• David Boder: Hm.
  • Alexander Gertner: We were in fear day and night [that] they are taking us away. And here we see...we hear shooting. Day and night we...
  • David Boder: Whom? And who was shooting?
  • Alexander Gertner: The Americans who were arriving.
  • David Boder: Hm. Nu?
  • Alexander Gertner: And so they arrived. And then...I couldn't stand on my feet, but with much joy [?]...I wanted to see what is going on. So I walked over to the window. With two canes under my arms I walked over to the window to see what is going on there. One can't see anything, only smoke near, around the lager. And the guards are running away, the guards who were around the lager in the towers. [The following section appears in places practically incoherent. This is due to his emotional state, and to imperfections in the equipment.]
  • David Boder: SS men?
  • Alexander Gertner: The SS. They surrendered. They stood there shooting at one another [?]. Here we see they are already running away, everybody. They have run away. And here are arriving...we already see tanks arriving, tanks shooting fire. We see fire, just fire, and here we see the SS running. They are running away, one after the other. And here we already see a white flag in the lager. And already they shout, 'It is liberated [the camp].' There are no Americans yet. All at once when the sentries had left...there were many Russians in camp. These...
  • David Boder: Russians?
  • Alexander Gertner: Russians, yes, prison-...also prisoners.
  • David Boder: Hm.
  • Alexander Gertner: They went and caught any SS man they could. They caught, and they took away from them their guns. All of a sudden in comes to us, to the hospital a Russian with a gun on his shoulder. We jump on him, everybody. We kiss him. And he is armed. We did not know yet that we were liberated. An hour later in comes an American. Of course [?], we...we...we cried. Everybody cried for joy. We didn't know what...we couldn't believe ourselves that we are liberated.
  • David Boder: Yes [?].
  • Alexander Gertner: Yes. We didn't know. We couldn't believe it. Here we see...we see SS men were brought in. The Russians were searching in the camp and around the camp. They caught yet approximately something like thirty, fourty SS. They brought them into the lager. They pummelled and beat them. They put them into the bunker.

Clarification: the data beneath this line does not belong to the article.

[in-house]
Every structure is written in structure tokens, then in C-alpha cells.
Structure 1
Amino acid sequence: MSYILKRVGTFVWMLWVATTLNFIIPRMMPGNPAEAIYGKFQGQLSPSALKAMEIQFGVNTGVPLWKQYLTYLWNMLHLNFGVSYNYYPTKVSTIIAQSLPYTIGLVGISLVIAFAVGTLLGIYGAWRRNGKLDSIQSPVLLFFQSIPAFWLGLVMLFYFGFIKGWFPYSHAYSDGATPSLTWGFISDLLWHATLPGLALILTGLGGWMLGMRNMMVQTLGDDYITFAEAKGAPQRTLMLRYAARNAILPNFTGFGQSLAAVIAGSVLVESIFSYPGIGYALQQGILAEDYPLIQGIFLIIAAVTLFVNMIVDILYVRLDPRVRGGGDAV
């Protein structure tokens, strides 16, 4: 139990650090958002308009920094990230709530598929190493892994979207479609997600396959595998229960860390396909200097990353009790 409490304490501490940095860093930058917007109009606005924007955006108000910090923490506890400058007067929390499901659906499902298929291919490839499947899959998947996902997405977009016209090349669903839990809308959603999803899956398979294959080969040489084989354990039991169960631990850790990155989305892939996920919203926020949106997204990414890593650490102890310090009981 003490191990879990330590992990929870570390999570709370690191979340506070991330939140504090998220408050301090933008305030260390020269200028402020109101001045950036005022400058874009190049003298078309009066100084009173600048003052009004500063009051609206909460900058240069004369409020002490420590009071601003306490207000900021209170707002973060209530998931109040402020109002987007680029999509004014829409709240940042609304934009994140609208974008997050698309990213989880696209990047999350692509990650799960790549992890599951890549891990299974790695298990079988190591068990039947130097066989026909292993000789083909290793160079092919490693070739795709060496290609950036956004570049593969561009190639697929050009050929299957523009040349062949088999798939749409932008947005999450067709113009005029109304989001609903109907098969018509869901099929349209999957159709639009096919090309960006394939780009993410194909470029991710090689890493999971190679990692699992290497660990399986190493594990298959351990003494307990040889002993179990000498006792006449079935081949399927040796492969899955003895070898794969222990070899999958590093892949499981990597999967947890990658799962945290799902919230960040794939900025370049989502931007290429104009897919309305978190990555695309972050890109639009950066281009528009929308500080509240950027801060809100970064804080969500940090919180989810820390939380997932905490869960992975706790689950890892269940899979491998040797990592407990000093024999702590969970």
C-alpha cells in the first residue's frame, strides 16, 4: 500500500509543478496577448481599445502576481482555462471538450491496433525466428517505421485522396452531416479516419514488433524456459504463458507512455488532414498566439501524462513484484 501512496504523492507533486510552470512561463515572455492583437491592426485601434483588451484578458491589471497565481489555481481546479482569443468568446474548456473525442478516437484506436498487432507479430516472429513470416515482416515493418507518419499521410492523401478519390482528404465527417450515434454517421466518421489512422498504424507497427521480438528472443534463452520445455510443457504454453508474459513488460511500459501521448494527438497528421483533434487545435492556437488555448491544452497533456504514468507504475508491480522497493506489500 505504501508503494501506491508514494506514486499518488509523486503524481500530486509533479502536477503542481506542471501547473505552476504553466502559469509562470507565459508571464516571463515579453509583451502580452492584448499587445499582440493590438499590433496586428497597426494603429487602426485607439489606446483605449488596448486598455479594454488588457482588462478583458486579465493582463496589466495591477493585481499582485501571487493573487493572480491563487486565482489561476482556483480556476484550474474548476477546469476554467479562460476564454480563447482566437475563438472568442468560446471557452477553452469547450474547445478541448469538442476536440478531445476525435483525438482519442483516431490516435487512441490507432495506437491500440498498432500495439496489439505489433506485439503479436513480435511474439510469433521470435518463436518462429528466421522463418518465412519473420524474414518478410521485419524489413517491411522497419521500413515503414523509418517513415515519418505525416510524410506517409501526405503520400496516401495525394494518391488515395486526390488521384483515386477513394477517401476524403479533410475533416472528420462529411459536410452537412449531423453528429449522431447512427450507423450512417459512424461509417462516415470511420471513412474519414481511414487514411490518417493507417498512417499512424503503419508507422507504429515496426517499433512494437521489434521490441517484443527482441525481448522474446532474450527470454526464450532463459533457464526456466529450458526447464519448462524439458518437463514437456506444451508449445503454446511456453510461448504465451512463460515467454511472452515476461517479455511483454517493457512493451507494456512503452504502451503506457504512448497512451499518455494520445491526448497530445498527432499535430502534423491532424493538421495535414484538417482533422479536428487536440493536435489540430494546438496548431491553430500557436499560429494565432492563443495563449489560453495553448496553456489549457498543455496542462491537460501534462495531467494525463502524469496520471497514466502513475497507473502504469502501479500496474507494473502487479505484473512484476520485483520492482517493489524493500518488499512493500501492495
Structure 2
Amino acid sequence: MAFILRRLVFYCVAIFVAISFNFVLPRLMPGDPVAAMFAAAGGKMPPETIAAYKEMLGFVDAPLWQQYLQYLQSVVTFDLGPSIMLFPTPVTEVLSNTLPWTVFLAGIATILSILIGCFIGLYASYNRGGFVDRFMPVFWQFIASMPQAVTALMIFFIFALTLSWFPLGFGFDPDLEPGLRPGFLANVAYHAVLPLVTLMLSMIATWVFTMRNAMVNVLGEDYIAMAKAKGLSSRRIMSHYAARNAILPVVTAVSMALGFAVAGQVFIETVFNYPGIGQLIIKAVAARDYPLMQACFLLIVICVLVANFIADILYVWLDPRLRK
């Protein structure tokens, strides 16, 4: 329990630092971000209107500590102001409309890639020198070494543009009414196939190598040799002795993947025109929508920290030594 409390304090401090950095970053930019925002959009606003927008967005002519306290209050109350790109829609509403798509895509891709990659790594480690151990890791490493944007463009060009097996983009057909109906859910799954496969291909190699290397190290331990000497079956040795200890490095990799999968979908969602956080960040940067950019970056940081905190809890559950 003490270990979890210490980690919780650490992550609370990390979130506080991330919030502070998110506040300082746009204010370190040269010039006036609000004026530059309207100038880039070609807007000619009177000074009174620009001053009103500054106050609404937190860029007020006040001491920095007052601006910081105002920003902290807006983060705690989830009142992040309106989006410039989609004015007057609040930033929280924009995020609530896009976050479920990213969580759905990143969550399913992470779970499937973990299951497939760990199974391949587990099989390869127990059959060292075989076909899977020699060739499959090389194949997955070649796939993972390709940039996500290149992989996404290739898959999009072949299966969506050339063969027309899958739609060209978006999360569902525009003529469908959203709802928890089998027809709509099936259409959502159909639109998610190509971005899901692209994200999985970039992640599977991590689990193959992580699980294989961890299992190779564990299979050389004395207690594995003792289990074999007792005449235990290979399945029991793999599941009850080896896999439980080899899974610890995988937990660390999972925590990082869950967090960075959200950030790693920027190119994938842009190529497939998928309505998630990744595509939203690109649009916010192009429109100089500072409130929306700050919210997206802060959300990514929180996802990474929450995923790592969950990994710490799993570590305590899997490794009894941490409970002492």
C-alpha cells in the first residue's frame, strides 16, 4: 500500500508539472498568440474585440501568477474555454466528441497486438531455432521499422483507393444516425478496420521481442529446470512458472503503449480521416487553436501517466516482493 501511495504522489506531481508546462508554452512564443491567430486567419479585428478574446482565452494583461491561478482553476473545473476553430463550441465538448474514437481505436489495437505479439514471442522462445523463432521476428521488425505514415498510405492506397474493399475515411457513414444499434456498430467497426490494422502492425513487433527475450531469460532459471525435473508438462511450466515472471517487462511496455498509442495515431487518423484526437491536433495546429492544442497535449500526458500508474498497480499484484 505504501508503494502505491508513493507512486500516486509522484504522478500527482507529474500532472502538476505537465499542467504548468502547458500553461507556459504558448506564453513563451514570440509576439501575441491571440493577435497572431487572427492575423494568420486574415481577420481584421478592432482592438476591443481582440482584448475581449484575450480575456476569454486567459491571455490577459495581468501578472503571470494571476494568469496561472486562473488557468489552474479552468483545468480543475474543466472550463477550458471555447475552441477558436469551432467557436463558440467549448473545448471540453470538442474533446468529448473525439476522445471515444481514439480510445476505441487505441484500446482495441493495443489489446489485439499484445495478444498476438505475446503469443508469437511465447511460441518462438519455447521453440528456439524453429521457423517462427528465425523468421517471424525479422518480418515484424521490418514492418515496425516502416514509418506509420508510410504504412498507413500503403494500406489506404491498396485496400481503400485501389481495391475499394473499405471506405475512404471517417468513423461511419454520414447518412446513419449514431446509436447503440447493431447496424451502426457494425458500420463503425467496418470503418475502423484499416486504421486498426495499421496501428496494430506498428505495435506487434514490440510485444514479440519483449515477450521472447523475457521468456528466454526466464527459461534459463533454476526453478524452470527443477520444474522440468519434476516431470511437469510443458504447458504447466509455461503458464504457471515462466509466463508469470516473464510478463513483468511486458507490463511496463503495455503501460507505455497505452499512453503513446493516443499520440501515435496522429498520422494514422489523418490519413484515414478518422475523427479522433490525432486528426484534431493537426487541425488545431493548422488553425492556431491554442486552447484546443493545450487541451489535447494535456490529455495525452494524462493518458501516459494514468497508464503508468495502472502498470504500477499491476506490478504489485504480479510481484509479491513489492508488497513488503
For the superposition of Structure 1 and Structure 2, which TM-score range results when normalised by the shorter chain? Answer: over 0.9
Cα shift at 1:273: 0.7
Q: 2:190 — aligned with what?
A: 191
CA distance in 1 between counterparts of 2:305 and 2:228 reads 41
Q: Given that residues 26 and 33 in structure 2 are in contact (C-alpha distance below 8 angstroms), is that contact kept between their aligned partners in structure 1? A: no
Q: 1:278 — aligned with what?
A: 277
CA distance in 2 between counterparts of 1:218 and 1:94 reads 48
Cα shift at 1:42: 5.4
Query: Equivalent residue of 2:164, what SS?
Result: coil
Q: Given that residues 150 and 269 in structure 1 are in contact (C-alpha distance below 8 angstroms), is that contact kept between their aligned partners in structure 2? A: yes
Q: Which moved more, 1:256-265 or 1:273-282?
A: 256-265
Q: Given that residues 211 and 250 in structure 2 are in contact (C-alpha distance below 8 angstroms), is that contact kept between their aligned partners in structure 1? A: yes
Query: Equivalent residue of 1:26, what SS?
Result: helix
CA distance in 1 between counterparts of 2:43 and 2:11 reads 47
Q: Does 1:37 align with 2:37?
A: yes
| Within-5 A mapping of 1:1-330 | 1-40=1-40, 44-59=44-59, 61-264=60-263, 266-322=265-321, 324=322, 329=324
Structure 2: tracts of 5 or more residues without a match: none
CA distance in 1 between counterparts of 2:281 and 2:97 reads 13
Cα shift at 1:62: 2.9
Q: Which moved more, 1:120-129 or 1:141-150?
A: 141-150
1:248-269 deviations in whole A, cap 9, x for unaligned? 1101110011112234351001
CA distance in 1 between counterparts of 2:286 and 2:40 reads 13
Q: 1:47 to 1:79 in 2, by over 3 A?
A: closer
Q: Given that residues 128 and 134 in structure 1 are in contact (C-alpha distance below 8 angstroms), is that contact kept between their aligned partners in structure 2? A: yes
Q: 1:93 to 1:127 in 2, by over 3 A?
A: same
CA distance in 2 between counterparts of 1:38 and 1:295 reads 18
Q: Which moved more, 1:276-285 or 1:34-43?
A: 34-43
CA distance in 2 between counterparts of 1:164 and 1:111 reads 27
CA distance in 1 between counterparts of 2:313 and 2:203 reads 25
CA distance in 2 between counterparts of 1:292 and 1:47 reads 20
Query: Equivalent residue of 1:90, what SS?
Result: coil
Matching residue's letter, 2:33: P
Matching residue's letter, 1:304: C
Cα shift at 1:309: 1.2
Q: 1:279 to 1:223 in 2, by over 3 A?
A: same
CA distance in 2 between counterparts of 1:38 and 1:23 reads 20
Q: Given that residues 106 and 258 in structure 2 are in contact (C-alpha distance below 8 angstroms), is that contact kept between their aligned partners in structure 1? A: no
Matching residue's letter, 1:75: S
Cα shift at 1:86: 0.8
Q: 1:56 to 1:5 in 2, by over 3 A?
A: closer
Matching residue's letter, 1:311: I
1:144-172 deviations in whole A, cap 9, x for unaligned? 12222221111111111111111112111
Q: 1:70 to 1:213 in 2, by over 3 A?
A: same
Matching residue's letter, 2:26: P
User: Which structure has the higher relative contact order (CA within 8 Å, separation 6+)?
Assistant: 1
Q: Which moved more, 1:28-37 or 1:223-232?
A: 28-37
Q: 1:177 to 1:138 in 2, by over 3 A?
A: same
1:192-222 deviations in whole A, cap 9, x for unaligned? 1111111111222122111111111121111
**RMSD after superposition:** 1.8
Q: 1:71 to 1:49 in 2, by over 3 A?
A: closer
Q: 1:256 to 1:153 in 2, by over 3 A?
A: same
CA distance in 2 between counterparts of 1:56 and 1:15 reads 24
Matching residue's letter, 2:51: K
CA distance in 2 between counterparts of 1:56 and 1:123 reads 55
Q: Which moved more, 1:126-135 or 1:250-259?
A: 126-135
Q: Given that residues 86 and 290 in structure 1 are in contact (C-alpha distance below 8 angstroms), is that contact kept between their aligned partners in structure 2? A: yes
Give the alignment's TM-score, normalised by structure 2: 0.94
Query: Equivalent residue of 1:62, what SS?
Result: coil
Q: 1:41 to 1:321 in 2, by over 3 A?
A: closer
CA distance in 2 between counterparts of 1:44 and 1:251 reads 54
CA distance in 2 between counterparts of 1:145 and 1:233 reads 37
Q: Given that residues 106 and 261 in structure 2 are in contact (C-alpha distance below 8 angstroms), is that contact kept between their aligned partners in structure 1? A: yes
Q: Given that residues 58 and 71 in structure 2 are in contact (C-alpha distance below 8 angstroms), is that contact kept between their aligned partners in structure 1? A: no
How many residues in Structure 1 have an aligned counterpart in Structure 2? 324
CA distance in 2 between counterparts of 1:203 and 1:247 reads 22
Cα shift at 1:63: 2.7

• David Boder: The SS [?]?
  • Alexander Gertner: Yes. Into the bunker, and so...
  • David Boder: Arrested.
  • Alexander Gertner: Yes, arrested. And so on the 11th of April at two o'clock in the afternoon we were liberated. Then the Americans...we already saw tanks. The Americans did a very smart thing. That was our luck. They first liberated the lager and then Weimar.
  • David Boder: Hm.
  • Alexander Gertner: In proper order they should have first liberated Weimar. Weimar is ahead of Buchenwald, and then [comes] Buchenwald.
  • Alexander Gertner: But they knew already from other lagers. They had made a mistake with another lager. They knew that when they liberated the town first, the lager...the lager was in the meantime shot [the prisoners were killed].
  • David Boder: Hm.
  • Alexander Gertner: So here they proceeded like this. Buchenwald first. First they liberated Buchenwald and then Weimar.
  • David Boder: And then Weimar?
  • Alexander Gertner: They made a little detour.
  • David Boder: Hm.
  • Alexander Gertner: That is how we remained alive, twenty-two thousand people. And all of a sudden we see the...the radios began in the lager. In Buchenwald was such a loudspeaker so that it could be heard in the entire lager.
  • David Boder: Yes.
  • Alexander Gertner: There was also one located in every block. A Czech was there at that time. He took over the lager. And he called out in Czech and in all languages that we are liberated. We shouldn't worry about anything. Everything possible will be done. And then, around the late afternoon, we didn't know yet that we are liberated. We couldn't believe ourselves. When the Americans entered they saw people, dead lying around. Hungry, screaming, we hadn't eaten for a few days. Because before the liberation for three days we didn't get any food. Because they didn't give any bread, nothing. And so when they entered, the Americans didn't know what to do. They gave orders to cook at once a pork soup, a fat soup.
  • David Boder: Nu, and then [?]?
  • Alexander Gertner: Yes.
  • David Boder: Where did they get them.
  • Alexander Gertner: There were in the lager prepared pigs for...to be cooked later on.
  • David Boder: Later on, yes.
  • Alexander Gertner: For the SS. A fat soup was cooked, and from that a lot of people died, because they were starved. One had not eaten for a few days, and when a very fat soup was cooked, and we threw ourselves over it--we were hungry--so many got diarrhea, and a cloud [multitude] of people perished, by the hundreds [?]. When they saw it...there had arrived officers...
  • David Boder: For the occupation [?] of Buchenwald [?]?
  • Alexander Gertner: Yes. And so they saw. It was very bad. People are dying already after the liberation. They quickly ordered carloads with...with blood, because there is such...
  • David Boder: Yes.
  • Alexander Gertner: ...such plasmas...
  • David Boder: Yes?
  • Alexander Gertner: ...with blood that is given to...to...to sick...
  • David Boder: Yes.
  • Alexander Gertner: For instance, a soldier gets a bullet, so he looses a lot of blood.